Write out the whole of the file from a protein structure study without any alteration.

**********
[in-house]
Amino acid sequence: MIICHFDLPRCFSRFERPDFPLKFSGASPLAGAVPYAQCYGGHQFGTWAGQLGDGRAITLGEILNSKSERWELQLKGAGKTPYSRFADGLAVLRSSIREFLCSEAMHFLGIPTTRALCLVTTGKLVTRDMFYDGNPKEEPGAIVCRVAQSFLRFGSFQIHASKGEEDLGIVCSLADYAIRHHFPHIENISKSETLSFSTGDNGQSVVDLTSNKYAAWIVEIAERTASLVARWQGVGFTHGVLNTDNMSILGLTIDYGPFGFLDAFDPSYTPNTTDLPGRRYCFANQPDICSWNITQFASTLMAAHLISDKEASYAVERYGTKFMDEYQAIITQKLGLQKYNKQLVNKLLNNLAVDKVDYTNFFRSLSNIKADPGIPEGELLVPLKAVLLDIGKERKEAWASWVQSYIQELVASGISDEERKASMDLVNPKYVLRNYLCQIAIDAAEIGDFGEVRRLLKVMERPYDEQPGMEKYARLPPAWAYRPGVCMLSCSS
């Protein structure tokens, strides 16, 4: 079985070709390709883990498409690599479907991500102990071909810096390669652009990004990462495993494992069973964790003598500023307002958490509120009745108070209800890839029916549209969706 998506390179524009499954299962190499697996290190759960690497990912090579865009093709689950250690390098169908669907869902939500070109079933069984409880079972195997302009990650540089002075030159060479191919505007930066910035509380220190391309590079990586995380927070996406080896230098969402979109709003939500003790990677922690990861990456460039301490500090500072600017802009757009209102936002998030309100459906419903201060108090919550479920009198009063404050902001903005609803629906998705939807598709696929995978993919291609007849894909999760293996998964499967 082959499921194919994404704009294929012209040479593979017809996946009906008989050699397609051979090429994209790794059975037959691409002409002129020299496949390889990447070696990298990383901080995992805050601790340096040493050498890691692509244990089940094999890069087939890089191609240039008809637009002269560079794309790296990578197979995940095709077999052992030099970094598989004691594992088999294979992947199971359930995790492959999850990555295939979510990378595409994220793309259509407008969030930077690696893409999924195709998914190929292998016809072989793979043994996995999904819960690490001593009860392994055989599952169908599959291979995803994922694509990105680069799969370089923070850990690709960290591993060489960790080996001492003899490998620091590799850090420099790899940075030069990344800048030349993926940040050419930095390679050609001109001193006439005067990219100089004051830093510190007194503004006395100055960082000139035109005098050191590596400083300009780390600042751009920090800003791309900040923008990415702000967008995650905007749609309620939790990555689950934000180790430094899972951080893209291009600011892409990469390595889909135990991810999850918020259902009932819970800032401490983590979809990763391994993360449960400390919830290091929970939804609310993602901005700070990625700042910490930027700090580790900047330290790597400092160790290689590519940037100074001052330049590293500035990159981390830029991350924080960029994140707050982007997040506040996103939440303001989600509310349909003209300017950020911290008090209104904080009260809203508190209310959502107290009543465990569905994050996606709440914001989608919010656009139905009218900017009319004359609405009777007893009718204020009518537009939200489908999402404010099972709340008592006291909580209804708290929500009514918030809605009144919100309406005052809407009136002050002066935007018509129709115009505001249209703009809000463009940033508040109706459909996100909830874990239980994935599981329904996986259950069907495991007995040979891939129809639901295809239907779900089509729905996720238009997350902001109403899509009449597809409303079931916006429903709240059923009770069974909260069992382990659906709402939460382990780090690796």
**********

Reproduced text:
[in-house]
Amino acid sequence: MIICHFDLPRCFSRFERPDFPLKFSGASPLAGAVPYAQCYGGHQFGTWAGQLGDGRAITLGEILNSKSERWELQLKGAGKTPYSRFADGLAVLRSSIREFLCSEAMHFLGIPTTRALCLVTTGKLVTRDMFYDGNPKEEPGAIVCRVAQSFLRFGSFQIHASKGEEDLGIVCSLADYAIRHHFPHIENISKSETLSFSTGDNGQSVVDLTSNKYAAWIVEIAERTASLVARWQGVGFTHGVLNTDNMSILGLTIDYGPFGFLDAFDPSYTPNTTDLPGRRYCFANQPDICSWNITQFASTLMAAHLISDKEASYAVERYGTKFMDEYQAIITQKLGLQKYNKQLVNKLLNNLAVDKVDYTNFFRSLSNIKADPGIPEGELLVPLKAVLLDIGKERKEAWASWVQSYIQELVASGISDEERKASMDLVNPKYVLRNYLCQIAIDAAEIGDFGEVRRLLKVMERPYDEQPGMEKYARLPPAWAYRPGVCMLSCSS
């Protein structure tokens, strides 16, 4: 079985070709390709883990498409690599479907991500102990071909810096390669652009990004990462495993494992069973964790003598500023307002958490509120009745108070209800890839029916549209969706 998506390179524009499954299962190499697996290190759960690497990912090579865009093709689950250690390098169908669907869902939500070109079933069984409880079972195997302009990650540089002075030159060479191919505007930066910035509380220190391309590079990586995380927070996406080896230098969402979109709003939500003790990677922690990861990456460039301490500090500072600017802009757009209102936002998030309100459906419903201060108090919550479920009198009063404050902001903005609803629906998705939807598709696929995978993919291609007849894909999760293996998964499967 082959499921194919994404704009294929012209040479593979017809996946009906008989050699397609051979090429994209790794059975037959691409002409002129020299496949390889990447070696990298990383901080995992805050601790340096040493050498890691692509244990089940094999890069087939890089191609240039008809637009002269560079794309790296990578197979995940095709077999052992030099970094598989004691594992088999294979992947199971359930995790492959999850990555295939979510990378595409994220793309259509407008969030930077690696893409999924195709998914190929292998016809072989793979043994996995999904819960690490001593009860392994055989599952169908599959291979995803994922694509990105680069799969370089923070850990690709960290591993060489960790080996001492003899490998620091590799850090420099790899940075030069990344800048030349993926940040050419930095390679050609001109001193006439005067990219100089004051830093510190007194503004006395100055960082000139035109005098050191590596400083300009780390600042751009920090800003791309900040923008990415702000967008995650905007749609309620939790990555689950934000180790430094899972951080893209291009600011892409990469390595889909135990991810999850918020259902009932819970800032401490983590979809990763391994993360449960400390919830290091929970939804609310993602901005700070990625700042910490930027700090580790900047330290790597400092160790290689590519940037100074001052330049590293500035990159981390830029991350924080960029994140707050982007997040506040996103939440303001989600509310349909003209300017950020911290008090209104904080009260809203508190209310959502107290009543465990569905994050996606709440914001989608919010656009139905009218900017009319004359609405009777007893009718204020009518537009939200489908999402404010099972709340008592006291909580209804708290929500009514918030809605009144919100309406005052809407009136002050002066935007018509129709115009505001249209703009809000463009940033508040109706459909996100909830874990239980994935599981329904996986259950069907495991007995040979891939129809639901295809239907779900089509729905996720238009997350902001109403899509009449597809409303079931916006429903709240059923009770069974909260069992382990659906709402939460382990780090690796």